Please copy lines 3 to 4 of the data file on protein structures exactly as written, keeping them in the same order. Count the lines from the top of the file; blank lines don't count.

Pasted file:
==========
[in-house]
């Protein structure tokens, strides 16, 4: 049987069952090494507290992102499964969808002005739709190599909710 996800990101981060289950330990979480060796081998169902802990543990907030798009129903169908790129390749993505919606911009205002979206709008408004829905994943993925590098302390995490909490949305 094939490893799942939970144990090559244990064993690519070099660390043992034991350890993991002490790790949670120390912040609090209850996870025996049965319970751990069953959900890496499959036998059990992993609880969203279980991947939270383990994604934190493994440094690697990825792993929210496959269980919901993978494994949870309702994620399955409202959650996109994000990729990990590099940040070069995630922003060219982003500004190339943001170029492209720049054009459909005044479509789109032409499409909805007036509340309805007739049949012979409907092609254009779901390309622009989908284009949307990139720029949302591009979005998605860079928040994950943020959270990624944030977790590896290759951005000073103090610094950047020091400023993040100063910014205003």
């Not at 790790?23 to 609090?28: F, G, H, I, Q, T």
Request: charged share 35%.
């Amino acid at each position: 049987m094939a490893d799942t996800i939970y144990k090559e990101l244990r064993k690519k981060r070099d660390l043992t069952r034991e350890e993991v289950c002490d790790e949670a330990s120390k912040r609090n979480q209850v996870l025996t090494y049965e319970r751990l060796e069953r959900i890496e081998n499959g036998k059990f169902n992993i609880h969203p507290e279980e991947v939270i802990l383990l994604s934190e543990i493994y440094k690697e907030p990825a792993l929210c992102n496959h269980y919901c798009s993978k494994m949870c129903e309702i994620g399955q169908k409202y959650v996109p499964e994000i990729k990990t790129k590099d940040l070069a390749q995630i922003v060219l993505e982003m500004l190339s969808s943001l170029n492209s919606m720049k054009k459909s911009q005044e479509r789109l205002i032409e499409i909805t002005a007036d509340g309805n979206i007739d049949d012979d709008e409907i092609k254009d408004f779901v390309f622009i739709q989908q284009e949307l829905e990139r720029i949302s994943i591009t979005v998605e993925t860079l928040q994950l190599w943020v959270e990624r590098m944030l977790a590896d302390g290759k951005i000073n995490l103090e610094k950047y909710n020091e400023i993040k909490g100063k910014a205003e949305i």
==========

């Not at 790790?23 to 609090?28: F, G, H, I, Q, T």
Request: charged share 35%.